Thursday, September 16, 2010

An Introduction to the Episcopal Church?

Over at Seven Whole Days, the Rev. Scott Gunn asks for help in solving a pressing problem:
For whatever reason, we’ve been encountering lots of seekers lately at the parish I serve. Often these folks are completely unchurched. Sometimes our seekers have some church experience, but almost never in the Episcopal Church. My first real conversations with people is usually by email. Maybe they write to us first, before they visit our church, to find out if it’s the kind of place they’d like to check out. Or perhaps the blinking cursor of an email message seems safer than the scary conversation in the after-church handshake line.

I love encounters with those who are seeking God. I love people who have been moved by life’s vagaries to seek out a faith community. I love the open questions and the fresh desire of seekers. But there’s a challenge for me. It’s hard to give someone a sense of what the Episcopal Church is all about by email. If they want to meet with me over a cup of coffee or stop by the office for a chat, it’s pretty easy. I wish I could point folks to a fantastic website where they could get a sense of the Episcopal Church. It does not seem to exist. Alas.
Well, Fr. Gunn, while technically it may not be one site, I would modestly suggest that one could do worse than begin right here, and simply follow the links provided over to the right. Blogs (mostly) about the Episcopal Church (USA) are conveniently divided into categories, from Left to Right, and Right in the Middle, plus Evangelical and Anglo-Catholic blogs to boot. They may not be a comprehensive collection, but they are representative.

It would be misleading, however, to point prospective Episcopalians to any one or more Episcopal blogs without giving them some background, both historical and political, to help them understand where the Church is now. And for that purpose, I would refer them to the Guide to this site, where they can browse pages of links about ECUSA's structure, polity, history, and -- rather crucial these days, I would submit -- finances; about the culture wars in which it finds itself; and about the epochal events of 2003 and their aftermath, not least of which is the all-consuming litigation which is slowly bringing the Church down and tearing her apart. Then, because we must not omit to provide perspective on the larger picture, they should learn from this page about the conflicts in the wider Anglican Communion, which mirror those in the Church itself.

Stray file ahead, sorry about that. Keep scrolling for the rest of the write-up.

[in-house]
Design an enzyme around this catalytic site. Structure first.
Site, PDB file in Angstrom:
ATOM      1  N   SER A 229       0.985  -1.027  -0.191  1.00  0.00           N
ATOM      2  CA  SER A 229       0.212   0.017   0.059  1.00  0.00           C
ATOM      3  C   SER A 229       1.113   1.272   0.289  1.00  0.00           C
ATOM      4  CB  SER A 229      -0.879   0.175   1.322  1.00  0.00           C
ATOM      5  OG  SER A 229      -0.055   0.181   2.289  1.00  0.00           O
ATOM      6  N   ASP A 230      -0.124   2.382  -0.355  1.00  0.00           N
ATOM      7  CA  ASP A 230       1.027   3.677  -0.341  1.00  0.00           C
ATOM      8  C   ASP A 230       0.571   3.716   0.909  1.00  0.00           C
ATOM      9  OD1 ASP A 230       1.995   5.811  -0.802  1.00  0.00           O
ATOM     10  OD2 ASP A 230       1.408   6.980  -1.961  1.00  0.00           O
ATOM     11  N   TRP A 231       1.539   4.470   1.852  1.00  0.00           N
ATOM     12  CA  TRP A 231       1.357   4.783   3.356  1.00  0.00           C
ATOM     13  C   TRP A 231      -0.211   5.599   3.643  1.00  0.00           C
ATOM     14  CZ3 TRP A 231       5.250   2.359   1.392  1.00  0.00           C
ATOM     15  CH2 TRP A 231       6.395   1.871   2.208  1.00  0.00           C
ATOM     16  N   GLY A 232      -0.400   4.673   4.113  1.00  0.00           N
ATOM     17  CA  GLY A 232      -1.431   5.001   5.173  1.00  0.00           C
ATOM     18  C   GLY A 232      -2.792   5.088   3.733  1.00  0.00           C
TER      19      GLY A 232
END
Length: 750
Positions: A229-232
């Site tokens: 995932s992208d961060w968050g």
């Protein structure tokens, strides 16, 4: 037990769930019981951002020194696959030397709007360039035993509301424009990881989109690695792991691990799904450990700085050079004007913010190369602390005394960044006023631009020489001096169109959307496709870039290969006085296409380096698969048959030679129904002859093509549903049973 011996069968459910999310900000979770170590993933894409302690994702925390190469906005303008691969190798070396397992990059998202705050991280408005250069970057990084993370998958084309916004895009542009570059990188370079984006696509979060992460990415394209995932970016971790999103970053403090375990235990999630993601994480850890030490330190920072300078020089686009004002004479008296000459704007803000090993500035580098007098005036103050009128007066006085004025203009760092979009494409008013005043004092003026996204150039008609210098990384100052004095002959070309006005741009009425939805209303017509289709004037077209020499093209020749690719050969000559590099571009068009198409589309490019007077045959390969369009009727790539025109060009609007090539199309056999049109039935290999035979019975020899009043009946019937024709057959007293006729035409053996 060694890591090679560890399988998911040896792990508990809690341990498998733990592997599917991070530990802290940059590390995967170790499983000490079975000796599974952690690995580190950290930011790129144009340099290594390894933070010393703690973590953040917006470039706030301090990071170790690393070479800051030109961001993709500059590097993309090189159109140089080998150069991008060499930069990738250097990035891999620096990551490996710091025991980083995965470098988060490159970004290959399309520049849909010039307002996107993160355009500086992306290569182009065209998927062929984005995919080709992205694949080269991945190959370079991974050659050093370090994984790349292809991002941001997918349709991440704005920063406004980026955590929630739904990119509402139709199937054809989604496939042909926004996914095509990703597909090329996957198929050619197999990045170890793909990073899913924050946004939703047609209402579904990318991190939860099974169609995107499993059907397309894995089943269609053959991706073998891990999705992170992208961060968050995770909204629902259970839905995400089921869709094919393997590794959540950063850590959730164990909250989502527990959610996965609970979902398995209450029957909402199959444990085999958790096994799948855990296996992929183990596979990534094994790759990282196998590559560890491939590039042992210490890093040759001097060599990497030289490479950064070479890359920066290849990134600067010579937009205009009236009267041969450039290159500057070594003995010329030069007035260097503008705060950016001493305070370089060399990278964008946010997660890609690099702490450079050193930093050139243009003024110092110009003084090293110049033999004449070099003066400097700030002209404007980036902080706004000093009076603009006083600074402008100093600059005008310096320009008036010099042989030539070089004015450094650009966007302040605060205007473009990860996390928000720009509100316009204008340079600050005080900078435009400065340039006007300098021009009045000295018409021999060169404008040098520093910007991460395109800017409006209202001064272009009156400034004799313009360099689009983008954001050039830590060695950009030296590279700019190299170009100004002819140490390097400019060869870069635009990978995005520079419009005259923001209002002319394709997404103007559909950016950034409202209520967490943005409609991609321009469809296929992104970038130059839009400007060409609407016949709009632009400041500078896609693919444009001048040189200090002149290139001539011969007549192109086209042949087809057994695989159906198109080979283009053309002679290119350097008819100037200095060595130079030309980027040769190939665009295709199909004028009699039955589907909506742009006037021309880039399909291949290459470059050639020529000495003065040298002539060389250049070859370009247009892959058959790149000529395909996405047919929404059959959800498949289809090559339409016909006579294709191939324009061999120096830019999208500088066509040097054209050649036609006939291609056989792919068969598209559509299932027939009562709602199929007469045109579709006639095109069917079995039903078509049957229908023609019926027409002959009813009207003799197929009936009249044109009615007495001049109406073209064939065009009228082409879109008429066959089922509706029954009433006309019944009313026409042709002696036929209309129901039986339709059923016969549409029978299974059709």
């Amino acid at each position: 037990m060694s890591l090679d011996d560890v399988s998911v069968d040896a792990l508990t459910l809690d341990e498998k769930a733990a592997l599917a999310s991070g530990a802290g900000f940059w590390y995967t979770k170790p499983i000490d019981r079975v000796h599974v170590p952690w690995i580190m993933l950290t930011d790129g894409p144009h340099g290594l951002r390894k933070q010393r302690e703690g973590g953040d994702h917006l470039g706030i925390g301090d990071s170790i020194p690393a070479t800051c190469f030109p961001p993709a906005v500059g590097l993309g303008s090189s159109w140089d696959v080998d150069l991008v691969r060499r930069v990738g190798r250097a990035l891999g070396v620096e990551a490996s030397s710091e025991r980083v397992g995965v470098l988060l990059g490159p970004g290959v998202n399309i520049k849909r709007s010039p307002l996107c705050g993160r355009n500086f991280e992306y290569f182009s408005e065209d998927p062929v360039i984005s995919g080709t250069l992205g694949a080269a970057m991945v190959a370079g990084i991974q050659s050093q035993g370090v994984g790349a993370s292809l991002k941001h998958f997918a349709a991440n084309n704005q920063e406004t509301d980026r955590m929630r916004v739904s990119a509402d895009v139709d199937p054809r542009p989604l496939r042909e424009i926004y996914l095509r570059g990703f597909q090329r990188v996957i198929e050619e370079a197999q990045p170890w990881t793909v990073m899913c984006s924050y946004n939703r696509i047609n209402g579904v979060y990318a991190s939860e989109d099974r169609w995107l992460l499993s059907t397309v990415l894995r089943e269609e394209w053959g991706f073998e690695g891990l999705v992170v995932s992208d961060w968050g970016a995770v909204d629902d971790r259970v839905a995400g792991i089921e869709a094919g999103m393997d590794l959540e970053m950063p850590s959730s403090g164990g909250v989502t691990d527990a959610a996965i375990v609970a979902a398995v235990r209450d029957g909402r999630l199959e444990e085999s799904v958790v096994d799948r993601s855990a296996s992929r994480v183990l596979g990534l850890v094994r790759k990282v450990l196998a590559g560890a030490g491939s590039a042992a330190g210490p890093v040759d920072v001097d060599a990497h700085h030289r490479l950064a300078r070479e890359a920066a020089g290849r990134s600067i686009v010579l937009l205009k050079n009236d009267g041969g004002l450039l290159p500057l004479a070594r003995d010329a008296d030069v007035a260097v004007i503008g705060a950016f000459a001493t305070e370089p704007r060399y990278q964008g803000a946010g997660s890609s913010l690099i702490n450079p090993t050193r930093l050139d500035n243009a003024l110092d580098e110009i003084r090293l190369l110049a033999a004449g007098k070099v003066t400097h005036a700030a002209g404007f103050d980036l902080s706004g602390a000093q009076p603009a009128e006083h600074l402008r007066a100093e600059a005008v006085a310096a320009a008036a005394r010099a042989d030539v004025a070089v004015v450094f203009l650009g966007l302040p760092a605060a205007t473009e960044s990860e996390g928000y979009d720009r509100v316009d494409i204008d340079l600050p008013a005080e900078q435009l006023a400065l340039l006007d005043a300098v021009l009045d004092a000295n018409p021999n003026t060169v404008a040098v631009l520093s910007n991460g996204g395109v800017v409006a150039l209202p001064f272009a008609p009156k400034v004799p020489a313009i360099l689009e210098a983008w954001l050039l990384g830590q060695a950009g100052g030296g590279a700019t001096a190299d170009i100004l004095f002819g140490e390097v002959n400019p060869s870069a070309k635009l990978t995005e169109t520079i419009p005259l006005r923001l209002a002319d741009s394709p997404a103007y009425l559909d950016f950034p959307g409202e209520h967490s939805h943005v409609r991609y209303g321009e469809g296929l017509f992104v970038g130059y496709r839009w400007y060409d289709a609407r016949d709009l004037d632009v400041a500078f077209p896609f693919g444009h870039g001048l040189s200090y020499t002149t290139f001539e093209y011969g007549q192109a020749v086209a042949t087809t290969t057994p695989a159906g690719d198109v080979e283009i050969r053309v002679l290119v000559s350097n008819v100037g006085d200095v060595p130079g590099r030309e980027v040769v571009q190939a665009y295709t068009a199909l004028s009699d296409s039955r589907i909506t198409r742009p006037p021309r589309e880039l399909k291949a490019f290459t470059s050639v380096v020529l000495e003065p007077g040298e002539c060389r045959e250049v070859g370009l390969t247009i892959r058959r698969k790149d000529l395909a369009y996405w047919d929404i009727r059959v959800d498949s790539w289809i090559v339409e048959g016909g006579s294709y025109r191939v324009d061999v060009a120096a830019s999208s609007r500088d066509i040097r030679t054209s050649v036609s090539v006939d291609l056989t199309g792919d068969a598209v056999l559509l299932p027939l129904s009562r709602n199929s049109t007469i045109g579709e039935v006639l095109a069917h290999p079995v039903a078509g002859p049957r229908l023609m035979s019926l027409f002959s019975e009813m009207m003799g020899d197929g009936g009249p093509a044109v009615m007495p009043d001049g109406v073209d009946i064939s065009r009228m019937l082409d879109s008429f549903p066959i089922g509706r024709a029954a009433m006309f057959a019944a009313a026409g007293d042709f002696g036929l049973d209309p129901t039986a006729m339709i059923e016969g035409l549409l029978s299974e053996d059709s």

Oh, yes, one can certainly go to sites like Peek through the Window for an overview of what the Church professes to be. But if you gave them only that link, or ones similar, you might well run the risk of being charged with misrepresentation after they discovered the reality of what the Church is, as opposed to what it professes to be.

Honesty is the best policy. This site and its links may not make for pleasant reading, but then the truth is best taken straight, without sugar-coating.

1 comment:

  1. Mr. Haley,

    And for those who have difficulty taking the truth "straight" (what I would term "neat"), it can also be taken with a bit of still (i.e., non-carbonated) water, preferably consecrated, also termed "Holy," water.


    Pax et bonum,
    Keith Töpfer